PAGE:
Known for her work with @victoriassecret, 25-year-old model @georgiafowler is raising her profile in Hollywood. Fowler stars in @vincecamuto’s holiday campaign, which launched in partnership with “Pitch Perfect 3.” “Almost every shoot with Vince Camuto, I’ve had to face a fear…It was definitely a challenge. I’m so grateful for it, though. I’ve always wanted to be a pop star, so that was the perfect chance,” Fowler said. Head to WWD.com to read about Fowler’s experience modeling, including at the #VSFashionShow, and her relationship with Nick Jonas. #wwdeye (📷: @jilliansollazzo)
EXCLUSIVE: Huda Kattan just became the first beauty influencer to land a major beauty deal. Kattan's business, @hudabeauty, has received a minority investment from private equity firm TSG Consumer Partners. The brand, which industry sources say is on track to do $200 million in retail sales for 2017, will receive support on product, retail and geographic expansion through the deal. Get all the details on the deal and read @_a_collins' interview with Kattan on WWD.com. Link in bio. (📷: @jgreenery) #wwdbeauty #wwdnews
Peruvian model @juanaburga_official – who is known for walking the runways of @rodarte, @viviennewestwood and @torybuch – is making the move to the big screen with drama “Los Últimos.” The film premiered in Argentina in November and arrives in the U.S. and Europe in 2018. On making the switch from modeling to acting, Burga told WWD: “It’s a completely different thing – a lot of people think it’s similar or try to connect things, especially like getting used to the camera or being looked at all the time or playing these different characrers, but film is a completely different story.” #wwdeye (📷: @jgreenery)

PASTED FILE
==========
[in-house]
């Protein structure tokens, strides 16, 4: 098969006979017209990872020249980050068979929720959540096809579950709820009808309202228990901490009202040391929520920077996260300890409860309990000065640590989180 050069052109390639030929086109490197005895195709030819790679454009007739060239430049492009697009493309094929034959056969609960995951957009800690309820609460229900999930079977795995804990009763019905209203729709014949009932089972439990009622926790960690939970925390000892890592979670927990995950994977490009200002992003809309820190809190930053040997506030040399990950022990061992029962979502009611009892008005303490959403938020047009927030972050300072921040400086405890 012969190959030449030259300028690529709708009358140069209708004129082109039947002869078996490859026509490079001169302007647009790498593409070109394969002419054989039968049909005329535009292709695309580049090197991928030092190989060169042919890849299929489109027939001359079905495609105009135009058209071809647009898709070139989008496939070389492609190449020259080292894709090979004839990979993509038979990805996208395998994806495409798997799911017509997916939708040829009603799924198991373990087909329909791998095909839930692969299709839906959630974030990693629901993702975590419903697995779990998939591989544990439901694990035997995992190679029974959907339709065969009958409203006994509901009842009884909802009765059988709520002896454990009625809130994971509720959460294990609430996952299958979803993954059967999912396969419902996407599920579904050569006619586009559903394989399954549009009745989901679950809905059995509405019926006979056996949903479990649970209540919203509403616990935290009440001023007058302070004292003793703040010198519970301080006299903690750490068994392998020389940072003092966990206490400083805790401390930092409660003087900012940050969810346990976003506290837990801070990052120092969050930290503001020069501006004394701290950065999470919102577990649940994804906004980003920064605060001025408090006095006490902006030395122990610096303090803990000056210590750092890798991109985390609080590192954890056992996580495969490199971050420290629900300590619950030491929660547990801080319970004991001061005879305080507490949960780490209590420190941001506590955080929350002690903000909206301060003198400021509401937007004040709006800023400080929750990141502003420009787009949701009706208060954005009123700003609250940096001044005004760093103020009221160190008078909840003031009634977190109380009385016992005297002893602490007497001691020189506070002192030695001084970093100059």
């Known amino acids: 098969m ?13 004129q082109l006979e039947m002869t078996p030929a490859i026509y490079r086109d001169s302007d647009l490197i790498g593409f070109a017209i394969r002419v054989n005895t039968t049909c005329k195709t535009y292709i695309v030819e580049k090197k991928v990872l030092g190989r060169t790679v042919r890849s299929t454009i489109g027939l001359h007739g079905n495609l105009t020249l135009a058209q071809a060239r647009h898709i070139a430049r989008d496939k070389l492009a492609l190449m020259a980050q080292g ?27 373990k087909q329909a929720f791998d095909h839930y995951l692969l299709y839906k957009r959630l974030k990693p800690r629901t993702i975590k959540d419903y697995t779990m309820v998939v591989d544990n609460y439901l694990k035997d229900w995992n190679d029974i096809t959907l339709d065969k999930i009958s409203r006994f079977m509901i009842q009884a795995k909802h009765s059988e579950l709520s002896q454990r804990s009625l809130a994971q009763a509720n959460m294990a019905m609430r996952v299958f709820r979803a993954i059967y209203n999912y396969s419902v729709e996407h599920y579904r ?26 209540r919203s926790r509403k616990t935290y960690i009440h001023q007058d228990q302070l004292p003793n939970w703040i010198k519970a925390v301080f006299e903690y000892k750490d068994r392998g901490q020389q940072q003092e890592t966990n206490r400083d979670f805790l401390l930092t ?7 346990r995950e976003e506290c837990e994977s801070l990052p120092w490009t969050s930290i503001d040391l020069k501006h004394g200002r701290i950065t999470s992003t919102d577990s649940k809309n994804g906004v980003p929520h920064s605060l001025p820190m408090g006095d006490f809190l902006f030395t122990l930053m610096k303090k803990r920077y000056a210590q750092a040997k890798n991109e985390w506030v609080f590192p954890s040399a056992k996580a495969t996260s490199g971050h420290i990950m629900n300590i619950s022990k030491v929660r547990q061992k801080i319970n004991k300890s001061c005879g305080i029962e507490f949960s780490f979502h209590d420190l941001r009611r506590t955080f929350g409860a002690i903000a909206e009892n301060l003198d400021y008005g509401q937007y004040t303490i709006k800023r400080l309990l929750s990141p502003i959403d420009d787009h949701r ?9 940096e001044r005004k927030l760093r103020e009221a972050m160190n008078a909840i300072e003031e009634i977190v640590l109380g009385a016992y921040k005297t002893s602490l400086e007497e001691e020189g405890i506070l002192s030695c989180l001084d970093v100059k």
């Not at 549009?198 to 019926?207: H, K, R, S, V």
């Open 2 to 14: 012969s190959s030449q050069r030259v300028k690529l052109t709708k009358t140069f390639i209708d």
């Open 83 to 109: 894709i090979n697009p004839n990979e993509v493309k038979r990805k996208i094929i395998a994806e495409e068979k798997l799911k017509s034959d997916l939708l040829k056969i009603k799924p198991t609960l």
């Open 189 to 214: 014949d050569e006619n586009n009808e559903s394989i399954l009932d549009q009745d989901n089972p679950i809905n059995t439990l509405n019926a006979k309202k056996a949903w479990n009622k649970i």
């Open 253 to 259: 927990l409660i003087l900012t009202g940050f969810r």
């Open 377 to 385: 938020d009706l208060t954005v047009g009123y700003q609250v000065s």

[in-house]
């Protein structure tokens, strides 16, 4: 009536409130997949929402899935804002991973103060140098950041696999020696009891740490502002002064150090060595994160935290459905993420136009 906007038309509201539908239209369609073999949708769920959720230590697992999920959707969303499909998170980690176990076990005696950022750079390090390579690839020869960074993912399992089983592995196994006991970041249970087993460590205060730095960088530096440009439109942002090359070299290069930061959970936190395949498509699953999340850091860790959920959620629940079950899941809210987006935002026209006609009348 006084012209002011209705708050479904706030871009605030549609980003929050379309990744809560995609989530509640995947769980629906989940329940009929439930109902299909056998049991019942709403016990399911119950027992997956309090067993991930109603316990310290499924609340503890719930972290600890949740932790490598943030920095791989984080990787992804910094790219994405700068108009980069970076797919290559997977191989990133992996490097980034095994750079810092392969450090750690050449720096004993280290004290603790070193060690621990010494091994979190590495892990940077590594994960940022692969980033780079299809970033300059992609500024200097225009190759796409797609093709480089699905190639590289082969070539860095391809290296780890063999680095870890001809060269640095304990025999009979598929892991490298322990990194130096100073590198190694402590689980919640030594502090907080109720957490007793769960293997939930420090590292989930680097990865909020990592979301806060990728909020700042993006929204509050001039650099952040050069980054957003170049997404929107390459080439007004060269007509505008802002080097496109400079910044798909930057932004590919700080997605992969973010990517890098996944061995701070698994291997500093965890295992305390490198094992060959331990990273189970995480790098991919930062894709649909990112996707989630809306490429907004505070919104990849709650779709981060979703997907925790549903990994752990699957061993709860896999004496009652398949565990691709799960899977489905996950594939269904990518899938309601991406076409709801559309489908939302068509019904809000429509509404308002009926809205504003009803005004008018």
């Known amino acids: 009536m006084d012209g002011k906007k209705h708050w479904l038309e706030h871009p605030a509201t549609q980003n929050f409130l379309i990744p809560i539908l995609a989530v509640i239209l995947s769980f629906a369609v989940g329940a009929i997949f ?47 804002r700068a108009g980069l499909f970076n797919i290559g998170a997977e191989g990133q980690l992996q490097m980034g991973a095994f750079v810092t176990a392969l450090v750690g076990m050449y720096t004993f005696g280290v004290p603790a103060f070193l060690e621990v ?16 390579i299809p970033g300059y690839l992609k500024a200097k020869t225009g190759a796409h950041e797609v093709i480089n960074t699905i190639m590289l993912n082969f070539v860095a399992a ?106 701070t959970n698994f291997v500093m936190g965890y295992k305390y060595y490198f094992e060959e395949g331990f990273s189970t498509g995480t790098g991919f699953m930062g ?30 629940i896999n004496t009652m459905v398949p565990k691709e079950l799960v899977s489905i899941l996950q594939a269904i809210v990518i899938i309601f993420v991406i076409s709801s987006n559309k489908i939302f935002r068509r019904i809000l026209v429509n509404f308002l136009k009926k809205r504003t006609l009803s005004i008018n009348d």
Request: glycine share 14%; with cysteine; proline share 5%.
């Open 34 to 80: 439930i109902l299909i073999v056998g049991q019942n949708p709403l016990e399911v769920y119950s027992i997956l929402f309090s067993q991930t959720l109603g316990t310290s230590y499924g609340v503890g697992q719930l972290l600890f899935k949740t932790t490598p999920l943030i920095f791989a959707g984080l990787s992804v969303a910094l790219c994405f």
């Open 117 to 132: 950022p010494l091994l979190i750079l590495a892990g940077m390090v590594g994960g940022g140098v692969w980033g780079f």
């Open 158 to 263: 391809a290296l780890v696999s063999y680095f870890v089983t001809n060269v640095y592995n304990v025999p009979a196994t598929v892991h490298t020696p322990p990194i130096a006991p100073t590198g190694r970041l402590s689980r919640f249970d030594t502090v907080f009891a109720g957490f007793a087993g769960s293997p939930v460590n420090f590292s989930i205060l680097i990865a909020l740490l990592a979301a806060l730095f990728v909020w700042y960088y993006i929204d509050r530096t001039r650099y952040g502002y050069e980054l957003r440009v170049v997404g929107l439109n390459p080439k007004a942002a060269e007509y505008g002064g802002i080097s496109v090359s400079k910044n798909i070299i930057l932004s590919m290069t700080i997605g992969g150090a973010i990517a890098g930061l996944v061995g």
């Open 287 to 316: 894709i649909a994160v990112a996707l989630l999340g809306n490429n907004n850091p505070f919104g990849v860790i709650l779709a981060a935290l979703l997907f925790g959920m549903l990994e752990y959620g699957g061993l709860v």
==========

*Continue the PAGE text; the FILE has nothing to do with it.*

London’s newly opened @designmuseum will look back on the life and work of Azzedine Alaïa in a show that the designer helped to curate before he died of heart failure last month. The retrospective, which Alaïa had worked on with Mark Wilson, chief curator of the @groningermuseum, will look at the impact of his work worldwide. The show, “Azzedine Alaïa: The Couturier,” will run from May 10 to October 7. Read more about the exhibit on WWD.com #wwdnews #wwdfashion (📷: @zefashioninsider)